When you are applying for a mortgage, there are so many eligibility factors that can work both against you and in your favour.
Crucially important aspects of your finances that can affect a mortgage application include:
- Unpaid debts
- Evidence of high-interest short-term loans, like payday loans, on your bank statement
- How often you use your overdraft
- The number of financial dependents you have
- How many other mortgages you are paying.
All these, and some other factors, can be considered, and are combined in the form of a credit report, often shown to consumers as a credit “score”.
Your credit report has one simple yet vital role: it tells a lender how financially trustworthy you are. “Bad” debt, late repayments, and other financially irresponsible actions in your past can reflect poorly on your score, potentially leading to fewer offers from lenders.
Shockingly, a survey by Royal London found that more than 9 million Brits could have errors on their credit report. This could mean your financial history has been filed incorrectly, and may be painting a false image of your financial circumstances to mortgage lenders.
Read on to find out all you need to know about checking and amending your credit file before applying for a mortgage.
The 3 most commonly spotted credit file errors
After the Royal London study found 29% of adults surveyed had mistakes on their credit report, you could be eager to check yours as soon as possible.
Using an online service like Experian or Equifax, you can view your full credit report. If you are thinking of applying for a mortgage this year, ensuring your credit report is accurate could be one of the first steps you take towards this goal.
Here are the three most commonly spotted credit file errors, according to Royal London.
1. Name and address inaccuracies
Of all the mistakes recorded in the survey, 10% were made up of name and address inaccuracies.
If you have moved home several times in the past few years, or changed your name for any reason, it is essential to update your records to reflect these changes.
2. A default, county court judgement (CCJ), or sequestration that the account holder didn’t have
Shockingly, 8% of errors consisted of CCJs, or sequestrations the report owner did not have.
Those affected by these wrongful claims would likely have a poor credit report compared to what they should have when the information is corrected. If your credit file wrongly states you have had property repossessed or been held at court for unpaid debts, this would undoubtedly work against your chances of receiving the mortgage offer you hope for.
3. A mistakenly listed missed payment
Finally, 6% of mistakes found were missed payments that were wrongly listed.
Once again, if your credit report states you have missed debt repayments, this is bound to have an impact on your overall file, and in turn, any mortgage applications you make.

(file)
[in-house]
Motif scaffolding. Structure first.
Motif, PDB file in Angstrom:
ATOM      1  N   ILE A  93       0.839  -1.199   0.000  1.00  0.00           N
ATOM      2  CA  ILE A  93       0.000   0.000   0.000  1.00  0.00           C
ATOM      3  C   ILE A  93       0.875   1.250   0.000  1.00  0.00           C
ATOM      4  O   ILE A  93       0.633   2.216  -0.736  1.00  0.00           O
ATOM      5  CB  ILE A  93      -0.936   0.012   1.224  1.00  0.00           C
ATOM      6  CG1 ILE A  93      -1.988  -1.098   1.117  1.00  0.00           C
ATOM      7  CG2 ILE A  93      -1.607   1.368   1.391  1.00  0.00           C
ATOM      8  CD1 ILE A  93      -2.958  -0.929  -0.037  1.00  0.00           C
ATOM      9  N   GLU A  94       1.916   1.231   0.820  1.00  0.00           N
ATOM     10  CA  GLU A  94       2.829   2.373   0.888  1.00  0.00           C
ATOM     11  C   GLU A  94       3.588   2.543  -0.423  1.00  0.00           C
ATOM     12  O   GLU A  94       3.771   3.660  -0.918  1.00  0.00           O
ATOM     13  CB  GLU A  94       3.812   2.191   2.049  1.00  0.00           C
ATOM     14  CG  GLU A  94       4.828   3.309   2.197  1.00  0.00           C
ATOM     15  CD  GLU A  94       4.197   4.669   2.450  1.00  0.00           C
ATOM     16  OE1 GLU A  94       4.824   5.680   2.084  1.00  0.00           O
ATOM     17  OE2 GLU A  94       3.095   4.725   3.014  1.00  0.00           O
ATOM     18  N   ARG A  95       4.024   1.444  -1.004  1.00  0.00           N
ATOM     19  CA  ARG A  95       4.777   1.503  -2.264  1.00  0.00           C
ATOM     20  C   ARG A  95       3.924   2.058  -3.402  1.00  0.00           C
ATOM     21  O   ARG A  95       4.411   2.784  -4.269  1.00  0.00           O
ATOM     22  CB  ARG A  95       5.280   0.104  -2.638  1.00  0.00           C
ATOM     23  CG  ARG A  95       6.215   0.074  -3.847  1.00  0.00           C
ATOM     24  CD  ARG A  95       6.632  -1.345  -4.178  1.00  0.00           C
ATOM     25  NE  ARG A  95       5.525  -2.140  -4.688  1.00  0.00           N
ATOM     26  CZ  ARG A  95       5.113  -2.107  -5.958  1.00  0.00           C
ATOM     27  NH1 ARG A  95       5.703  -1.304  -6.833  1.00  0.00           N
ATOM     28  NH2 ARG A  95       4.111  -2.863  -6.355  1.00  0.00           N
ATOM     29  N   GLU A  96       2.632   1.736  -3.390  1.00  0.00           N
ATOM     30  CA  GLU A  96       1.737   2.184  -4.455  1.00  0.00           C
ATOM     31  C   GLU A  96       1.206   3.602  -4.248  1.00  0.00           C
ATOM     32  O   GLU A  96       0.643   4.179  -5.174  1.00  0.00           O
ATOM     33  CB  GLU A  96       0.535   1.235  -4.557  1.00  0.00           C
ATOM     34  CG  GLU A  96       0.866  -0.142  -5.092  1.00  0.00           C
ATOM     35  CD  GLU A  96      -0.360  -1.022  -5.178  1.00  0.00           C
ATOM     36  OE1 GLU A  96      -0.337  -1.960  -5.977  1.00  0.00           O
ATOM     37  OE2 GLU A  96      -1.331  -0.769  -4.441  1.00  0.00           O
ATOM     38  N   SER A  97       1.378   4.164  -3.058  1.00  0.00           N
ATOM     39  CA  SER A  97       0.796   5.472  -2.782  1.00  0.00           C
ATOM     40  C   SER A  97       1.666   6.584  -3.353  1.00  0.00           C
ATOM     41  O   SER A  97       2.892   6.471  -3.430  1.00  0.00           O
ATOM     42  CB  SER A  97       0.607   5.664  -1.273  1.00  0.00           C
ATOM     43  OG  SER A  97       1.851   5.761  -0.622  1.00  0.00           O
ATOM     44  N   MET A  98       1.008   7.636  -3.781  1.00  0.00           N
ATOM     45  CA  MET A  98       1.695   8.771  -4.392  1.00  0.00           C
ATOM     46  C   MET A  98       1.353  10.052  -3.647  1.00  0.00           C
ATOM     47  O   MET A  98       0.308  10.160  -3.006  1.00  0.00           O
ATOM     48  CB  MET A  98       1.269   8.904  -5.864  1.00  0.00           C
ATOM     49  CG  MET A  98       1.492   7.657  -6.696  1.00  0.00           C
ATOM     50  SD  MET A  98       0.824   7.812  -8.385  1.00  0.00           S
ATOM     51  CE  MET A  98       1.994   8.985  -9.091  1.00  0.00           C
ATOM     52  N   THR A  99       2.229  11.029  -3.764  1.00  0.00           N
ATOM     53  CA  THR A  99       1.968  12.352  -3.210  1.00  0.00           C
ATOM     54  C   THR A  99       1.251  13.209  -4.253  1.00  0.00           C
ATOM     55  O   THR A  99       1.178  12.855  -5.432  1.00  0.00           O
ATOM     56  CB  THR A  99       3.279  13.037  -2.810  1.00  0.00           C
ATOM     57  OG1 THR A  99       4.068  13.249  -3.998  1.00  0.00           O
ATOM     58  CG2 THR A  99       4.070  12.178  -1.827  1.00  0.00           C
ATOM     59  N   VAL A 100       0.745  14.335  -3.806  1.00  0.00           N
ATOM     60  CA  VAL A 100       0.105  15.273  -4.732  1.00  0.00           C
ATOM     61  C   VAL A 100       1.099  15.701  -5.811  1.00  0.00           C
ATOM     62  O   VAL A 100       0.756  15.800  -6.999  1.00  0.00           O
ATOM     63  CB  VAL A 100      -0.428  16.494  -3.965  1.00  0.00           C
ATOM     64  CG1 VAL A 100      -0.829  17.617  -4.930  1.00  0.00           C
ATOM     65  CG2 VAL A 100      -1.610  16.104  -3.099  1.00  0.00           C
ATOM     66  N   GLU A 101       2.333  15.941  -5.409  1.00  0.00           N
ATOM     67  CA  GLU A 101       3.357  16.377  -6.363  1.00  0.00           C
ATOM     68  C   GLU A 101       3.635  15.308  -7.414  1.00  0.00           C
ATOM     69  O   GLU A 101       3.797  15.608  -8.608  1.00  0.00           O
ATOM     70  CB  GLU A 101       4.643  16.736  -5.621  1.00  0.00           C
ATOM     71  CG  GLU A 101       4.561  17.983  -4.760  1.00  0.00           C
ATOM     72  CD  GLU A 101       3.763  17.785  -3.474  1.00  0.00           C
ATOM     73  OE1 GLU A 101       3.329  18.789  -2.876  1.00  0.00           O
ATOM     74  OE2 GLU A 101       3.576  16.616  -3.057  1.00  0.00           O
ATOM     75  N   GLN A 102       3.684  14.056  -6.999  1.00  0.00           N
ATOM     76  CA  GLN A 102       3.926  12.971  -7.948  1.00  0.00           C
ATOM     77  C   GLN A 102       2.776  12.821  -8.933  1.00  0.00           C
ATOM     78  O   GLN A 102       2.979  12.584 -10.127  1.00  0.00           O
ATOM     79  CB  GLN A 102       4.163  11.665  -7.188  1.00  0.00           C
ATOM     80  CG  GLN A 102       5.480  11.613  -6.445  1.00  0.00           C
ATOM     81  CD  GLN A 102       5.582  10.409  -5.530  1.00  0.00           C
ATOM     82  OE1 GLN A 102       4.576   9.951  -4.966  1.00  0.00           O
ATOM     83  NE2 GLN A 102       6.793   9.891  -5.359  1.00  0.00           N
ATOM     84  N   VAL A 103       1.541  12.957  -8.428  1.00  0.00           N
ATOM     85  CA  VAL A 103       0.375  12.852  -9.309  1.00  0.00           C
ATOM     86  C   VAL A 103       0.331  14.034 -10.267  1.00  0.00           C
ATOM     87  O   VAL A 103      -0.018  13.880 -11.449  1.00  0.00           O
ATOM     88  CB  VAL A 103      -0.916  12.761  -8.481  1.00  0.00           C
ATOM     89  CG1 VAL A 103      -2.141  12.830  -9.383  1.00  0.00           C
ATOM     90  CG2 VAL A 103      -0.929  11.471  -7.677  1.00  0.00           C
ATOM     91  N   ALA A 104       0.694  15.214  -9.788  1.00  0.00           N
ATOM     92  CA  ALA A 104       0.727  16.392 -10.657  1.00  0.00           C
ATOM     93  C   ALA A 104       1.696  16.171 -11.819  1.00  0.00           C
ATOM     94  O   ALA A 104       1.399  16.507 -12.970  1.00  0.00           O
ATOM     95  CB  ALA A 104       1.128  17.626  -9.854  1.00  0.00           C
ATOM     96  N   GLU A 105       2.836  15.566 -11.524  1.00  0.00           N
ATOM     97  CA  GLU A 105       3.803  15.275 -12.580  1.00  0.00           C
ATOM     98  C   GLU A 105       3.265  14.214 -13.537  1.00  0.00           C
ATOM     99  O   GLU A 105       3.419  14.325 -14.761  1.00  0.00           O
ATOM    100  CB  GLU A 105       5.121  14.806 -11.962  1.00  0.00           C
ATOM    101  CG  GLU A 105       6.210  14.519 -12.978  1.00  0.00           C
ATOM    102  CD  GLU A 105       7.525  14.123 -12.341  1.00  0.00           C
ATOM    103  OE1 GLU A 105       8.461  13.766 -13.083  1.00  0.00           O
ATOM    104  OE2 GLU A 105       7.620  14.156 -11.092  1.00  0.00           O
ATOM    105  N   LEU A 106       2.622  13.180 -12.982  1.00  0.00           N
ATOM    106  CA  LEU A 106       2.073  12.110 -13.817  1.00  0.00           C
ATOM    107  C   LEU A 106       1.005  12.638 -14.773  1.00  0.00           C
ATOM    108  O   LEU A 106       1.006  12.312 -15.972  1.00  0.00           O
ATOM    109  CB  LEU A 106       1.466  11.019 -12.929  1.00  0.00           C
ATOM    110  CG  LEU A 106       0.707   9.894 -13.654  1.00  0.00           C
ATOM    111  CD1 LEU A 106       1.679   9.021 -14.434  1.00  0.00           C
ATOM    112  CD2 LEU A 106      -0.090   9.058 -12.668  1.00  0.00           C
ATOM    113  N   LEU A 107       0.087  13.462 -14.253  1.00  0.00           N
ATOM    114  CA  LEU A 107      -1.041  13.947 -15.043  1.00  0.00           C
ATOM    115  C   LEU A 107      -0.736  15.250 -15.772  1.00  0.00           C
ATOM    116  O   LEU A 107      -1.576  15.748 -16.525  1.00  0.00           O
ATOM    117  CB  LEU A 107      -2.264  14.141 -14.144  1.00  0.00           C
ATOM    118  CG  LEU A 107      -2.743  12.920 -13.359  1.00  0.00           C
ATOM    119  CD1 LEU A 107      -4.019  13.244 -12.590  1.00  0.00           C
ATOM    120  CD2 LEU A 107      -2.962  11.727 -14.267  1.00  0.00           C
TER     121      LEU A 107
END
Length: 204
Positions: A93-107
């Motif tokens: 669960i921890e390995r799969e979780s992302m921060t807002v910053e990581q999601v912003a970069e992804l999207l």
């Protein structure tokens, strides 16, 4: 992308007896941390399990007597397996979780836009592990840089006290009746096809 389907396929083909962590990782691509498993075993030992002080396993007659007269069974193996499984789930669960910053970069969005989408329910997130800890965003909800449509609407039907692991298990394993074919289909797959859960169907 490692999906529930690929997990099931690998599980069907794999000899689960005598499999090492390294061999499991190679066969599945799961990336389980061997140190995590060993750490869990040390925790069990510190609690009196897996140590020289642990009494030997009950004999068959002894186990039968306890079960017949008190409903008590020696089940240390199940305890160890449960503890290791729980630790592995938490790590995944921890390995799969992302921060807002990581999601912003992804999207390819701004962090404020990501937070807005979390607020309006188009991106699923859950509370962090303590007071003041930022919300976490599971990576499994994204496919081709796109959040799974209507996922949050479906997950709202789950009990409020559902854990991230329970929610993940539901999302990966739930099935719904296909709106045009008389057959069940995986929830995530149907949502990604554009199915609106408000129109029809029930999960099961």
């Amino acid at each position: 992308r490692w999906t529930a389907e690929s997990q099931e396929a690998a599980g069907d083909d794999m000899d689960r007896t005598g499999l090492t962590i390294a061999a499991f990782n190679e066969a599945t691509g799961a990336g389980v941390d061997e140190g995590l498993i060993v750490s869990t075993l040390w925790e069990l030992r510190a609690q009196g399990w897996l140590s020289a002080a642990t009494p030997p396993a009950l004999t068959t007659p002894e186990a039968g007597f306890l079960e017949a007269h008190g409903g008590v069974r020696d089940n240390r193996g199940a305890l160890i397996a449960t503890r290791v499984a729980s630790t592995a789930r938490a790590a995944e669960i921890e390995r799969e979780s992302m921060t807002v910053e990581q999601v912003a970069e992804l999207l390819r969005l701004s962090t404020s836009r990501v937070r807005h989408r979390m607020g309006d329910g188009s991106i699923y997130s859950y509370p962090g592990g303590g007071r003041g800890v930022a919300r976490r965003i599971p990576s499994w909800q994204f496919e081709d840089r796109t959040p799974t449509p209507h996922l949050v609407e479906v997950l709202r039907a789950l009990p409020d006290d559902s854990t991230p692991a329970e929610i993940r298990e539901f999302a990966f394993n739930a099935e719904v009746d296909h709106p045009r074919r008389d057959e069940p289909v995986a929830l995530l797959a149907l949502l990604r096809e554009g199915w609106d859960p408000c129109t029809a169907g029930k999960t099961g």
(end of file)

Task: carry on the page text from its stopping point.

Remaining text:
All in all, correcting mistakes on your credit report is an essential part of the mortgage application process. Giving lenders a clear, correct image of your financial history can help you access the amount you need for your dream home.
Importantly, amending wrong information on your credit report may take some time, as it involves contacting the credit reference agency with a dispute. So, starting the process as soon as you can may be a wise move.
2 easy ways to dispute errors on your credit report and boost your rating
After you’ve viewed your credit file and noticed some errors, it’s time to go through the process of disputing the wrong information that could be damaging your rating.
Indeed, if your credit report does contain errors, it is important to amend these before you start contacting lenders about taking out a mortgage.
Here are two steps to take in order to amend and improve your credit report.
1. Collate evidence of your financial history
Before you dispute the incorrect information in your credit file, it could be prudent to gather up all the financial information you will need first.
These might include:
- Bank statements
- Household bills, or another way to prove a previous address
- Previous mortgage documents
- Credit card bills and statements.
Collating this evidence together can make the dispute process much more efficient – this way, you’ll be able to prove any claims you make and may avoid unnecessary back-and-forth with the credit agency.
2. Dispute the errors with the credit report agency
Once you have all the documentation you need, you can then dispute your credit file errors with the credit agency you are using, such as Experian or Equifax.
Each agency has their own process, but usually you can send an email to their complaints department, or fill in any forms they provide online. In your dispute, you can include:
- Your personal information and account number
- The portion of your credit file containing incorrect information
- Any documentation proving the information is an error, such as bank statements or proof of address
- A written request to have the mistakes changed.
Importantly, the dispute process can take a number of weeks or months to resolve. So, it may be beneficial to do this now, so you can still apply for your mortgage within the time frame you desire.
Get in touch
Applying for a mortgage is a lengthy process with many cogs turning at once. Luckily, working with an experienced broker can help take the stress out of the process.
To discuss improving your credit score, or any other aspect of applying for a mortgage, email firstname.lastname@example.org or call 0131 339 2281 to speak to us.
This blog is for general information only and does not constitute advice. The information is aimed at retail clients only.
Your home may be repossessed if you do not keep up repayments on a mortgage or other loans secured on it.
Buy-to-let (pure) and commercial mortgages are not regulated by the FCA.
Think carefully before securing other debts against your home.